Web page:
Luca Turin, an eccentric scientist whose nose has the olfactory equivalent of perfect pitch.

Until Turin came along, most people thought scent came from a molecule’s shape. Each molecule has a unique configuration of bumps and curves. When a lemon’s citral molecule, for instance, hits the receptors in our noses, those receptors recognize the particular ridges and valleys, and can provide our brain with one clue about the identity of the fruit being sniffed.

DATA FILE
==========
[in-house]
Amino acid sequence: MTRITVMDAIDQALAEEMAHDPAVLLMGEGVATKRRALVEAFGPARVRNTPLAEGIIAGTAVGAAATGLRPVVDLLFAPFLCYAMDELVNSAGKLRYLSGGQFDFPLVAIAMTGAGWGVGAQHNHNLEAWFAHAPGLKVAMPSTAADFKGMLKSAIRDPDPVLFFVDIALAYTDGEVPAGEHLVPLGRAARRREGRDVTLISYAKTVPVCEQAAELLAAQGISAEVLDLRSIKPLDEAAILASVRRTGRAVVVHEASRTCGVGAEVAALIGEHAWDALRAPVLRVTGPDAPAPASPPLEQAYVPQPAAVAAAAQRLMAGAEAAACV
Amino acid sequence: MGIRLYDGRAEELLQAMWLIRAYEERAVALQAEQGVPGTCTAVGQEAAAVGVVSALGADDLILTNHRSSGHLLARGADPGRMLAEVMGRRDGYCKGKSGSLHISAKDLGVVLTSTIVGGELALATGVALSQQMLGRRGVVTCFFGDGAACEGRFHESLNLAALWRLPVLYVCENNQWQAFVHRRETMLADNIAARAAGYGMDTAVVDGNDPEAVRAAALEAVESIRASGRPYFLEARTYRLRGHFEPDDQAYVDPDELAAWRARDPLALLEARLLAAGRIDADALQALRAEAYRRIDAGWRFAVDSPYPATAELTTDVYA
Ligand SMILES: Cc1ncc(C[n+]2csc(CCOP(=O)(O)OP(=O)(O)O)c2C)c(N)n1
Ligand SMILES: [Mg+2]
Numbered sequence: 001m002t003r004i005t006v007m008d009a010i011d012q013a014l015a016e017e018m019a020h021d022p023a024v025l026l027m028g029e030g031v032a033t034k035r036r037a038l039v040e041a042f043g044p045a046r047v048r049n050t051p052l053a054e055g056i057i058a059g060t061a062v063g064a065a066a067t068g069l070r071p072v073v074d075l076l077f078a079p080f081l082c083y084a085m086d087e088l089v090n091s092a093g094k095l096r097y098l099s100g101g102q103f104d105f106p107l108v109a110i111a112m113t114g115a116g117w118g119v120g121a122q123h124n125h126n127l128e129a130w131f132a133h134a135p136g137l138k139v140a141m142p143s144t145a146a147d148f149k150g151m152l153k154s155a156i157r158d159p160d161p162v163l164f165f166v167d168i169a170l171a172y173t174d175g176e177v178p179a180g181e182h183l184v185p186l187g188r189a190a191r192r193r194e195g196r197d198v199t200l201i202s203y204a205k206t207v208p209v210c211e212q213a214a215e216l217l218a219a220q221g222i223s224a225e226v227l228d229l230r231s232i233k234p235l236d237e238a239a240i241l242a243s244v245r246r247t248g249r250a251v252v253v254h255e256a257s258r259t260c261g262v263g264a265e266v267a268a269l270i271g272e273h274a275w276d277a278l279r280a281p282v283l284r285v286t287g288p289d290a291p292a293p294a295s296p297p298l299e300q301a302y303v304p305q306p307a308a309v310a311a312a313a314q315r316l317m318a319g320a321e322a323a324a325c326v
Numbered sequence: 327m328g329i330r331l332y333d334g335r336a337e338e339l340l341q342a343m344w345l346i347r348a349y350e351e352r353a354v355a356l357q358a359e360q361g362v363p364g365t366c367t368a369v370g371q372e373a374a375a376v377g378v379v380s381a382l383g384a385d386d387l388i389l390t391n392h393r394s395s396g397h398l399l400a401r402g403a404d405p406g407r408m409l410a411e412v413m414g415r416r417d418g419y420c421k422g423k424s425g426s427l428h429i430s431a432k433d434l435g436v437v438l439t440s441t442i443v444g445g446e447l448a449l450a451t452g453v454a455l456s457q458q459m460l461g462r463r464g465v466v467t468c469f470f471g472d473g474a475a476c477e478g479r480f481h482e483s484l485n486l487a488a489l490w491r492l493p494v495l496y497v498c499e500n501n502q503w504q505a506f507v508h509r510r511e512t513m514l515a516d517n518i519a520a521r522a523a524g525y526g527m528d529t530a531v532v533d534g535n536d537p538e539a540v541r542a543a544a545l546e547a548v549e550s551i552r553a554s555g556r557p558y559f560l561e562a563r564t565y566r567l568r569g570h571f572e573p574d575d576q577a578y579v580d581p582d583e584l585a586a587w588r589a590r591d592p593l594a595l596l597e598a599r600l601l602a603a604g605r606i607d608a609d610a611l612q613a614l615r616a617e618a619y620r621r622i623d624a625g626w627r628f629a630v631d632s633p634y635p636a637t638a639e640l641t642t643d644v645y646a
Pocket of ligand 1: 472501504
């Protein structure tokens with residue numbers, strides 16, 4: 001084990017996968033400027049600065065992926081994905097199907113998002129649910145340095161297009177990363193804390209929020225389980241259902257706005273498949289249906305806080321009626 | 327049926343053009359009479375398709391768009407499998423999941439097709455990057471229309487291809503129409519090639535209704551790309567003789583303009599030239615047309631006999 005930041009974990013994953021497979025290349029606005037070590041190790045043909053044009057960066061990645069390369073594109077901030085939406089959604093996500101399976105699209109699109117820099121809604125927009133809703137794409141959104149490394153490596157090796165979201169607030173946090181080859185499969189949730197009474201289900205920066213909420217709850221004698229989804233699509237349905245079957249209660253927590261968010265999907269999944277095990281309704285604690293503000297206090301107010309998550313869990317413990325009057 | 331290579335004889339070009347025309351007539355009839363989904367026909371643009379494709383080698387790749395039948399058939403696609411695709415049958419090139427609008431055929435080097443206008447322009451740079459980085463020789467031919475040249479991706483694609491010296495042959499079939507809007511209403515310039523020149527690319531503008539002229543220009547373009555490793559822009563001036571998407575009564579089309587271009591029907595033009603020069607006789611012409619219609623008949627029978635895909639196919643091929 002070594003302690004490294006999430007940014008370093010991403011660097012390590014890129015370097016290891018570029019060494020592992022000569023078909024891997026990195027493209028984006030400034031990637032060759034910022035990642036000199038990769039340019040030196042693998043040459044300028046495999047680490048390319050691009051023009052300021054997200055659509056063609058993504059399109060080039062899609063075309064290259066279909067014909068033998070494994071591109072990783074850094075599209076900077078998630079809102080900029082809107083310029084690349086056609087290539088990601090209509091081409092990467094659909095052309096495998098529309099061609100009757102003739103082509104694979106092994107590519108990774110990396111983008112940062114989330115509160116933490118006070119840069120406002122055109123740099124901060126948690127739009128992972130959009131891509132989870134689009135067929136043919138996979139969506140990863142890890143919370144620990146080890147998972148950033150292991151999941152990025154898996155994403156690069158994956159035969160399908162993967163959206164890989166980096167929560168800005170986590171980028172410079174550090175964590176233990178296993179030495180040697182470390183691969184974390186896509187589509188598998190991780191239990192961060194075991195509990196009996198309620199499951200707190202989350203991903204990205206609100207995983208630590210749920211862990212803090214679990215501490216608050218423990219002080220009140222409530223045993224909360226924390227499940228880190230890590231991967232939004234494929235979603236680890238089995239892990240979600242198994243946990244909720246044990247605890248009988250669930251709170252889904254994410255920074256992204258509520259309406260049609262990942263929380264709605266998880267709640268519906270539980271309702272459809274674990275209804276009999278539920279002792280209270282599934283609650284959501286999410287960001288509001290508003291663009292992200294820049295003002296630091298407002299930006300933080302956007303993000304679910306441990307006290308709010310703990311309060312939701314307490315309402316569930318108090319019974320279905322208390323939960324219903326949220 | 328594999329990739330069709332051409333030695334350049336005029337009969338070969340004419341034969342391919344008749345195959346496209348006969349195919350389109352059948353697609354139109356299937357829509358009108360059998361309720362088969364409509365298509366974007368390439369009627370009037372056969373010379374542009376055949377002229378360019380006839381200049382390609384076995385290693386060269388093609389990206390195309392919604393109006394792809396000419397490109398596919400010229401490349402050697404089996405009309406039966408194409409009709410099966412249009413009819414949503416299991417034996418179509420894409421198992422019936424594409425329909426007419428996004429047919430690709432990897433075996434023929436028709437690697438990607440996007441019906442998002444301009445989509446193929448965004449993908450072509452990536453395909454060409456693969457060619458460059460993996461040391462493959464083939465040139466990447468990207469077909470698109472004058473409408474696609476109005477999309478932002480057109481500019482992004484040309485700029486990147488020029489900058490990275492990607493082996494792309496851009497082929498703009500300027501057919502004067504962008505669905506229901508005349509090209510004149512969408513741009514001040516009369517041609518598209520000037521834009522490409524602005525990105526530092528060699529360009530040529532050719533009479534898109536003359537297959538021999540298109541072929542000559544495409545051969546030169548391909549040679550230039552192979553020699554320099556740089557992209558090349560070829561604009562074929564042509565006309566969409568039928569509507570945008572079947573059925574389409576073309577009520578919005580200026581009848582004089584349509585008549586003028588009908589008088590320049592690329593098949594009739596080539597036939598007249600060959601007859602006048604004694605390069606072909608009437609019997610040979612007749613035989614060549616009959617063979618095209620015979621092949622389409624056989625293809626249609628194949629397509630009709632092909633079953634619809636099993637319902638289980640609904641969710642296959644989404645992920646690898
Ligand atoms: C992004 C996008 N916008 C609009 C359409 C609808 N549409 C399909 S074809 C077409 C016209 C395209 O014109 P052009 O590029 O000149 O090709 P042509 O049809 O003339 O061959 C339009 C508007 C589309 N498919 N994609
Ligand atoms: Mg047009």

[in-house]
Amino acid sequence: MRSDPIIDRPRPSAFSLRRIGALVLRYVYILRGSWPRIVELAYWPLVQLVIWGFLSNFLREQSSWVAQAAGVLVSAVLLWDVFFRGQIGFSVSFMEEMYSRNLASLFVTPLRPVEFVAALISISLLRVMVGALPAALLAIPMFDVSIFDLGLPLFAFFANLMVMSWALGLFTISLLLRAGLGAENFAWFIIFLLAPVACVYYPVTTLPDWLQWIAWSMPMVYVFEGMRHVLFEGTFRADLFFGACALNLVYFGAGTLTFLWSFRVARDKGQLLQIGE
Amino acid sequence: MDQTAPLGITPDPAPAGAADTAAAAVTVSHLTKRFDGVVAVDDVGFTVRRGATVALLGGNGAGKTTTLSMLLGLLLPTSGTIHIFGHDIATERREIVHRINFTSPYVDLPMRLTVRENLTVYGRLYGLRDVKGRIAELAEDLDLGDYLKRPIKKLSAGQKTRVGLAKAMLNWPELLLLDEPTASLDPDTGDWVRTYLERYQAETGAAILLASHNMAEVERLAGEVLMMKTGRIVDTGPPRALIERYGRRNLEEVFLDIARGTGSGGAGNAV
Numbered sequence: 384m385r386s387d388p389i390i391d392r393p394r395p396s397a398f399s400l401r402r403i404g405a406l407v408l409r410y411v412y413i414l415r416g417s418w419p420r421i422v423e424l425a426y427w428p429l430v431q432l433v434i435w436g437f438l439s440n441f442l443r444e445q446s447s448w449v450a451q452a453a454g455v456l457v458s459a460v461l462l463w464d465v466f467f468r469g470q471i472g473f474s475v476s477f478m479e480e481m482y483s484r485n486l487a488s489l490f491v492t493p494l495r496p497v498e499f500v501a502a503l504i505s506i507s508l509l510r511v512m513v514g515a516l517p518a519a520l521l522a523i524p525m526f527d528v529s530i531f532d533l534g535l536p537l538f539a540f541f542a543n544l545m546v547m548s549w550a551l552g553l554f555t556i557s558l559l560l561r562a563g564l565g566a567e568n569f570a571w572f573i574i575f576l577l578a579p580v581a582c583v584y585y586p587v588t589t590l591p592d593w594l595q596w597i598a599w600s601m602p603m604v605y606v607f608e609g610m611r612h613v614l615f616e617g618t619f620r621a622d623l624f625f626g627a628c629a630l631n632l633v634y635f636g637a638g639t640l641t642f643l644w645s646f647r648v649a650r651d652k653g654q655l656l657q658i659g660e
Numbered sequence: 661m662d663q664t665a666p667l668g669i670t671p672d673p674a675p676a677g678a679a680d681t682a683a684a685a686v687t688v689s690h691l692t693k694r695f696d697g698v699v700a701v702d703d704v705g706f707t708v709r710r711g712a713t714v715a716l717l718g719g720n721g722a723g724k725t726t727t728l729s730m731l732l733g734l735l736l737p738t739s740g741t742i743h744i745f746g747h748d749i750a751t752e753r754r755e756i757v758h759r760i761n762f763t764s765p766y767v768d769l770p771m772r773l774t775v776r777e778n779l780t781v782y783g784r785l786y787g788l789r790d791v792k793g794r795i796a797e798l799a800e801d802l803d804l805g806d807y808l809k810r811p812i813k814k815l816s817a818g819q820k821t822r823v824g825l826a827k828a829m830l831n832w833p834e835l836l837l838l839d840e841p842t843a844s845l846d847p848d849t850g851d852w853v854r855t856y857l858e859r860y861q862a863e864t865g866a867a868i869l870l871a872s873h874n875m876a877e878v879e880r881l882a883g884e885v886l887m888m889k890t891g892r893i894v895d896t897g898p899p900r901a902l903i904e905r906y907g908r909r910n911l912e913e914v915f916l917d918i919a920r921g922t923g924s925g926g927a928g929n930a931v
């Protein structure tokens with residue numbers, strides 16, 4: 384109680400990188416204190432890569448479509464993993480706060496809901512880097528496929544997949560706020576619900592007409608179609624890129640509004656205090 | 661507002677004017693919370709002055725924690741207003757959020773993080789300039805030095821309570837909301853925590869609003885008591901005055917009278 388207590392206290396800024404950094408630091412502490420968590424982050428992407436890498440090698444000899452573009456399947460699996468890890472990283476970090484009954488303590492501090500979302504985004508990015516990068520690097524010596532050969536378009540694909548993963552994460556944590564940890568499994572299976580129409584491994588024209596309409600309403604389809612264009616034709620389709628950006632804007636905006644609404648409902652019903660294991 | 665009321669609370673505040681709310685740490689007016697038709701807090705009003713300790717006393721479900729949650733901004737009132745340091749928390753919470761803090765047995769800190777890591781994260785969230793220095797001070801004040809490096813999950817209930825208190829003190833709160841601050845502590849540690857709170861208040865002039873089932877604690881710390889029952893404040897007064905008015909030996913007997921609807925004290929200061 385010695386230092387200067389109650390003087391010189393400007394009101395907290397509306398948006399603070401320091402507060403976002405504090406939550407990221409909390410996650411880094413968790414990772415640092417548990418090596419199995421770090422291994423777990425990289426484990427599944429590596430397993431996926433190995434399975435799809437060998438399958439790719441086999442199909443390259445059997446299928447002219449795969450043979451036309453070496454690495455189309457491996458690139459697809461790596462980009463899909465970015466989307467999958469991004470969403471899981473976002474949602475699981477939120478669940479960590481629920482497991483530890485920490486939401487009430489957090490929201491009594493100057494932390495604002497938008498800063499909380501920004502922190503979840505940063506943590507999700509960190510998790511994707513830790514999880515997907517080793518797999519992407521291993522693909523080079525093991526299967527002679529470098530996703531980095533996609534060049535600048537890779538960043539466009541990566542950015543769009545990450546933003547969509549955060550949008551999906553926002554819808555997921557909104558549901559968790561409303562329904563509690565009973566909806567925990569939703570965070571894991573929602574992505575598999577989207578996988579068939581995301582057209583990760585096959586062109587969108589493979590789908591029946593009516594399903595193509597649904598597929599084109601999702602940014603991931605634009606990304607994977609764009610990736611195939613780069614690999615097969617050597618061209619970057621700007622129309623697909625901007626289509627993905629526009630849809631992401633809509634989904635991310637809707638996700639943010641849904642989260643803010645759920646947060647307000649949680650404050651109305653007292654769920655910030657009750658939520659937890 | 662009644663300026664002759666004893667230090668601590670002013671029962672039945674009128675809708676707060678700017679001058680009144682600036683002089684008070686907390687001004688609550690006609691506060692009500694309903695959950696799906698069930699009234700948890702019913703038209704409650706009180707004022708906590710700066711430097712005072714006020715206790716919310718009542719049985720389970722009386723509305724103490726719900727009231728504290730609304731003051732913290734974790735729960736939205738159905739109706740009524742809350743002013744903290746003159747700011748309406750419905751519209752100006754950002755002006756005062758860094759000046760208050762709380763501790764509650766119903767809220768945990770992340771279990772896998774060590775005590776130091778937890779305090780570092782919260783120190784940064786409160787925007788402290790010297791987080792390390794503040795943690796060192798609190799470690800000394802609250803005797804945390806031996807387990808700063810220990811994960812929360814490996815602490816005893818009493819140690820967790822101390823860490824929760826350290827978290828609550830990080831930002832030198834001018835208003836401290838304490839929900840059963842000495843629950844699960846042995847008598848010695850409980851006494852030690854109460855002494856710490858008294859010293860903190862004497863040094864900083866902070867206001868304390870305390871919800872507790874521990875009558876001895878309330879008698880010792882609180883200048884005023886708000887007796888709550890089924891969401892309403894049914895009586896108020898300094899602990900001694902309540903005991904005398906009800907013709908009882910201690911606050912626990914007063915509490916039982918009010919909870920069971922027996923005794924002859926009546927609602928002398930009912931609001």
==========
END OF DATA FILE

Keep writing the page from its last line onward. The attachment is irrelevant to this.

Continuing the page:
Turin, though, doesn’t buy the shape theory. It is molecular vibrations, he insists, that are responsible for smell. A scientific polymath with a Ph.D. in physiology and biophysics from the University of London, Turin also has a rarefied hobby: perfume.
The smell industry generates $11 billion a year.

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